Solving the current prescription opioid abuse crisis will involve coordinated efforts from a wide variety of stakeholders, from frontline health care workers, to legislators, to family members of those diverting prescription drugs.

Currently the leading cause of injury-related mortality in the United States, deaths secondary to prescription opioid overdose have reached nearly 19,000 per year. That’s quadruple the number of deaths from 15 years ago. One problem plaguing physicians in this crisis is the uncertainty about the appropriate number of pills to prescribe.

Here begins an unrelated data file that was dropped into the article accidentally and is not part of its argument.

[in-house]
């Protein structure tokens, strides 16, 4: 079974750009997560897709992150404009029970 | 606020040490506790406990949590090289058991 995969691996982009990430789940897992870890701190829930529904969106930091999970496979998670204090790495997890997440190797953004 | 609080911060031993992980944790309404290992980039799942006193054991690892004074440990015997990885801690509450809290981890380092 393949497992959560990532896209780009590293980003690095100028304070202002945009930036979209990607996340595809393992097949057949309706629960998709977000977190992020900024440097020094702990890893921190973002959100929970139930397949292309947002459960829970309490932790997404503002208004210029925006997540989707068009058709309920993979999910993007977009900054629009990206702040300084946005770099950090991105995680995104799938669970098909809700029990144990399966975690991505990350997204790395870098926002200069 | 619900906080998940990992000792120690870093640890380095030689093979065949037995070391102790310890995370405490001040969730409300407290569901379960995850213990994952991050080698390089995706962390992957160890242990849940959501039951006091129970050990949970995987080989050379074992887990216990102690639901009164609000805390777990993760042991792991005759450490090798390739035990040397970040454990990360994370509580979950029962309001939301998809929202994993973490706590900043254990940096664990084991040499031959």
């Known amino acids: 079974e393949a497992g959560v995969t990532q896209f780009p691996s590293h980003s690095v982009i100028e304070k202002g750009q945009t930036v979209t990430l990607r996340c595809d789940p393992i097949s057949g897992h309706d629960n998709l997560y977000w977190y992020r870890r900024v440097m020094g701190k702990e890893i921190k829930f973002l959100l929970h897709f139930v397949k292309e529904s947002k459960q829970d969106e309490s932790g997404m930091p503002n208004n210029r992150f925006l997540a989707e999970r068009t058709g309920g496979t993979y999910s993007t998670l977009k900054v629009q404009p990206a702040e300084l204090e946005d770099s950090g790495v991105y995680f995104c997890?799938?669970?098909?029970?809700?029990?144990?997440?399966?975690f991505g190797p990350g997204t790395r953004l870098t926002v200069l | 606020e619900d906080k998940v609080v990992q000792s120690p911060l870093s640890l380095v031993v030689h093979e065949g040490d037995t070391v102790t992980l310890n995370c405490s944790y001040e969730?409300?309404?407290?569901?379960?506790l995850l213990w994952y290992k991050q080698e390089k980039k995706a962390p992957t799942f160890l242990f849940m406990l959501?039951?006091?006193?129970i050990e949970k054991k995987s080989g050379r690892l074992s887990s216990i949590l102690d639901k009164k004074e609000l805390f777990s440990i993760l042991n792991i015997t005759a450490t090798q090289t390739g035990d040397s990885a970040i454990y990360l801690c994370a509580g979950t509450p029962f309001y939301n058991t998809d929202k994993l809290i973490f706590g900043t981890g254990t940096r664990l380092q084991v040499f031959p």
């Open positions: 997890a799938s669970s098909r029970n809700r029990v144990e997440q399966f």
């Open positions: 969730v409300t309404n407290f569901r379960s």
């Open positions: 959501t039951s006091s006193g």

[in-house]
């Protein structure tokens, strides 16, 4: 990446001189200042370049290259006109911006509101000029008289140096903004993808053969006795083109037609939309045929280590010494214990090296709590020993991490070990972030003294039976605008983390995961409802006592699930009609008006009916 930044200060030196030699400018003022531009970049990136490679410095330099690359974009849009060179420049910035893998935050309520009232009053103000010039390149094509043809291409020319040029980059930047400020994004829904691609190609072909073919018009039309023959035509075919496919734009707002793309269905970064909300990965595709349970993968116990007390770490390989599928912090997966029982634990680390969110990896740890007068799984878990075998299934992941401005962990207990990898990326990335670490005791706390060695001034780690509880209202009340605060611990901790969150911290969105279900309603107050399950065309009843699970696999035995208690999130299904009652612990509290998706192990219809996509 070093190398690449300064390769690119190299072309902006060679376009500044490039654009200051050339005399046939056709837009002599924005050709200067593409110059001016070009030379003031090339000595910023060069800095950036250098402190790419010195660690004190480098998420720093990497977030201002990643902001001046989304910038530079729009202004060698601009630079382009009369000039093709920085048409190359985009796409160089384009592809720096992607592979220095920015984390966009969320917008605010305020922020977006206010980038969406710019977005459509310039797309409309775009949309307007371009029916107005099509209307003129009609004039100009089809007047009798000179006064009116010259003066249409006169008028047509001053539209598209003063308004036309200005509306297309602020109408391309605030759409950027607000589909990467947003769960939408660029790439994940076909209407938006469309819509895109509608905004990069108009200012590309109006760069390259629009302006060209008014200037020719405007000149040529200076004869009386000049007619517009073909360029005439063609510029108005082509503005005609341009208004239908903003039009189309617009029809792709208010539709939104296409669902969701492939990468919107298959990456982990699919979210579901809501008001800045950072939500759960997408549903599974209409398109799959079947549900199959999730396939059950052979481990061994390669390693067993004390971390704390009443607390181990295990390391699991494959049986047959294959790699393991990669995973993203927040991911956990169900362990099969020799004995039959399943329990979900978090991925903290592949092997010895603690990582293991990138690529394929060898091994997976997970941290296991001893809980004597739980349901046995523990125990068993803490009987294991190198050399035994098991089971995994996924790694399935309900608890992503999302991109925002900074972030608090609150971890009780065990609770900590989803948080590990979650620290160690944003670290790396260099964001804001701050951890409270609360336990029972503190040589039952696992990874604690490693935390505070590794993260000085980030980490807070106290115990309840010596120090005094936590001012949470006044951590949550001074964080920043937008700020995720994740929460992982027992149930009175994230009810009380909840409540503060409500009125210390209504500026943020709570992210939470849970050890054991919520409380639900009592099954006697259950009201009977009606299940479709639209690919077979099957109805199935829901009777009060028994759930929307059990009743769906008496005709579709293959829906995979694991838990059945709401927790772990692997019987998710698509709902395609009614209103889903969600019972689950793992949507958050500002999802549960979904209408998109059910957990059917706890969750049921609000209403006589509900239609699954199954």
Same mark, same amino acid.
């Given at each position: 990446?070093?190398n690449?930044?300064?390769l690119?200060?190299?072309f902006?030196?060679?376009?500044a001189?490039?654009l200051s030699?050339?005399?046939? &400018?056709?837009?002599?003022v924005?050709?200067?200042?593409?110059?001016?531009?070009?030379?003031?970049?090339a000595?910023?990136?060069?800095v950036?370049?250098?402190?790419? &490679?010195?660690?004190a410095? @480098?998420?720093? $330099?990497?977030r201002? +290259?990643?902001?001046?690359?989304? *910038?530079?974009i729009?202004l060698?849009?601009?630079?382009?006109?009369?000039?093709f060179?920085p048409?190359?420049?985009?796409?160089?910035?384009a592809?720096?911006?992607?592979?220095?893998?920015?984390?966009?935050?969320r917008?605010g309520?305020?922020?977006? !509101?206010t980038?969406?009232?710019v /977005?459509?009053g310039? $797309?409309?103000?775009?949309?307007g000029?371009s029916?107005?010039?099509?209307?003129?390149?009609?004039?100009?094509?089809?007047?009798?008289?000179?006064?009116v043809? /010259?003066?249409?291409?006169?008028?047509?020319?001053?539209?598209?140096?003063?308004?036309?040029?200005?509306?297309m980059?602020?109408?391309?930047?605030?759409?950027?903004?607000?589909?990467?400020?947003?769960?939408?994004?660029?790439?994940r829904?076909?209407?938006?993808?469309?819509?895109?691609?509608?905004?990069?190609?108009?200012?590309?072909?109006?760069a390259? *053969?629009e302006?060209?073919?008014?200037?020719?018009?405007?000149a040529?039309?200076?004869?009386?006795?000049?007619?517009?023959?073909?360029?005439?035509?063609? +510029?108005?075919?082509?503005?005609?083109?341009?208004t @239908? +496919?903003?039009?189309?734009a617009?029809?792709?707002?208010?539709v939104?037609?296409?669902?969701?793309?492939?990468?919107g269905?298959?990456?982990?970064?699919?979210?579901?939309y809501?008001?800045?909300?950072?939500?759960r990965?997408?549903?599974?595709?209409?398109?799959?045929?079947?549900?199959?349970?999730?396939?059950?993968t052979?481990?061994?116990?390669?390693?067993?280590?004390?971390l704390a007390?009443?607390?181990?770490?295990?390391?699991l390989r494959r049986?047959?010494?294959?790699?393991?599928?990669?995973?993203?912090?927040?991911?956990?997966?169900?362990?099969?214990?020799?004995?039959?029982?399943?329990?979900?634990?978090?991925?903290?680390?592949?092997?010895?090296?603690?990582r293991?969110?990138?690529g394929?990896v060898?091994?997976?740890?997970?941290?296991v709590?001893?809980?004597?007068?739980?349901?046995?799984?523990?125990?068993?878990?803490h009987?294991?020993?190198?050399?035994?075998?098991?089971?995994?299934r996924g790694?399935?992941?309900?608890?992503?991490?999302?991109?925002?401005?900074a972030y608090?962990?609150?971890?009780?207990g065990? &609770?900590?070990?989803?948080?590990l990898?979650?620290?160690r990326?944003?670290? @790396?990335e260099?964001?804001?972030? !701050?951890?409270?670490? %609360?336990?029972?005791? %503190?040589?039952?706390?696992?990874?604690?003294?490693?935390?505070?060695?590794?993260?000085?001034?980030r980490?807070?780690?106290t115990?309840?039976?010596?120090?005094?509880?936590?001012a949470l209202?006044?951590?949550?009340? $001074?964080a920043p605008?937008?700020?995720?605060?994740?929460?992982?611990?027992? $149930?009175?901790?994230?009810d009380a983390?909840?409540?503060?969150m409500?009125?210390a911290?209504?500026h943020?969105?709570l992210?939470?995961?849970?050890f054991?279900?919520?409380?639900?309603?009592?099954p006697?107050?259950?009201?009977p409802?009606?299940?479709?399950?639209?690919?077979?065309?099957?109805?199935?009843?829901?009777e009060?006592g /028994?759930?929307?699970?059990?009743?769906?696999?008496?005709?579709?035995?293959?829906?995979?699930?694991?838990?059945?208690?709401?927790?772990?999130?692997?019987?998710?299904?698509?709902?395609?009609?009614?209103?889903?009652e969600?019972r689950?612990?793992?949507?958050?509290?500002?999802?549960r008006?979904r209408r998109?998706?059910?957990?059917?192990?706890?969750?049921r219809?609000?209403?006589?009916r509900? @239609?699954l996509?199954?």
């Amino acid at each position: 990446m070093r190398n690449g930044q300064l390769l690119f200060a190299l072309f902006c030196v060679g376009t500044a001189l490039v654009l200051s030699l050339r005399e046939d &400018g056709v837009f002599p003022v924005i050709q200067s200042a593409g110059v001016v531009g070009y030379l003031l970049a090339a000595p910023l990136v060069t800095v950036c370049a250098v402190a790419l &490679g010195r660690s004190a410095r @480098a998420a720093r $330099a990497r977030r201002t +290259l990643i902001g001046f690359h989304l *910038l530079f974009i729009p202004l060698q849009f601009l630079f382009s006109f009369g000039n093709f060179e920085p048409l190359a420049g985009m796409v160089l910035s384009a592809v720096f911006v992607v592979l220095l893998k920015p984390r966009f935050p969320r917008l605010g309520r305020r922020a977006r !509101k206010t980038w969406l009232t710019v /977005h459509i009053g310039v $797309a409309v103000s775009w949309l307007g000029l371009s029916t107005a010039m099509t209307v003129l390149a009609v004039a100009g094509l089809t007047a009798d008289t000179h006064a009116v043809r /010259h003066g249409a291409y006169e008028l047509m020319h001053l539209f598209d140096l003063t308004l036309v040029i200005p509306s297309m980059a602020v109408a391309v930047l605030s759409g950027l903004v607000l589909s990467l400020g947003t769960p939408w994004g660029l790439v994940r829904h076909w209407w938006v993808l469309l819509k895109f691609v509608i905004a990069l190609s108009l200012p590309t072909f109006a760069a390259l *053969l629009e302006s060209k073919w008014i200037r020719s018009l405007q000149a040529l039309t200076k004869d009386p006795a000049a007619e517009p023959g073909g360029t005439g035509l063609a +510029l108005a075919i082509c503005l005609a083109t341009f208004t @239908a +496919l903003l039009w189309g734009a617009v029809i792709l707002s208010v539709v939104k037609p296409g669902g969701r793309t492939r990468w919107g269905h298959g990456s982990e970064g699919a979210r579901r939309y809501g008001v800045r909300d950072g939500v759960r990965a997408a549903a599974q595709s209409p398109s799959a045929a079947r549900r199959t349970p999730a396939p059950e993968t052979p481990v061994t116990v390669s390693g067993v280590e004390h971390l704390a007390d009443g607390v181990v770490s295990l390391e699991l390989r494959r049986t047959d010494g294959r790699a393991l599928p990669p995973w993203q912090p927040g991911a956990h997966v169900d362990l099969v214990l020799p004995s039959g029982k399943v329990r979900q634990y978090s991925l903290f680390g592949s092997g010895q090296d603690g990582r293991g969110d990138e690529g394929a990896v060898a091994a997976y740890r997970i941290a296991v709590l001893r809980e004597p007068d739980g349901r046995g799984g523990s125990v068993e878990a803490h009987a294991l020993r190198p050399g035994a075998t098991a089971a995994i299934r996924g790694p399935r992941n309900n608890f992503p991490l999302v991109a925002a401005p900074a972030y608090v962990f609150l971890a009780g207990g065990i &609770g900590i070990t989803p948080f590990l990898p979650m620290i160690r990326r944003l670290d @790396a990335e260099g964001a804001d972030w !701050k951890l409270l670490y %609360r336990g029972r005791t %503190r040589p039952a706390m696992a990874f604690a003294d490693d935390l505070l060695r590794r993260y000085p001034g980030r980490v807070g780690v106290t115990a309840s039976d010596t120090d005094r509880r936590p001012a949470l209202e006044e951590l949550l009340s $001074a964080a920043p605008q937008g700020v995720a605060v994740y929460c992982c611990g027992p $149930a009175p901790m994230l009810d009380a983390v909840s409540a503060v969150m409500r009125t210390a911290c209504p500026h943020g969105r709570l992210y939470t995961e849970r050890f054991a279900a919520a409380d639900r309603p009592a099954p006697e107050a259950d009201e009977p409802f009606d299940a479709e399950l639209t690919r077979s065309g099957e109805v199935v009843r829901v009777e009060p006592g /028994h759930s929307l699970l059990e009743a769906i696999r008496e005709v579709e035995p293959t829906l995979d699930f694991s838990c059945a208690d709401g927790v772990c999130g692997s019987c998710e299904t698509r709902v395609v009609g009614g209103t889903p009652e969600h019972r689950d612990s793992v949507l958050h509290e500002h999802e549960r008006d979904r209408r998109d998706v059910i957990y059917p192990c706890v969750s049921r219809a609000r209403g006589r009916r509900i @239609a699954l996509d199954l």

Recent legislative efforts underscore the signifi-cance of this problem. As of March 2016, there are now more than 375 proposals in state legislatures designed to regulate several aspects of prescribing practices for opioid analgesics in attempts to decrease excess pills.

To date, there has been limited legislative success. Massachusetts passed a bill in March that restricts prescription opioids to a seven-day supply for acute pain. Federal...

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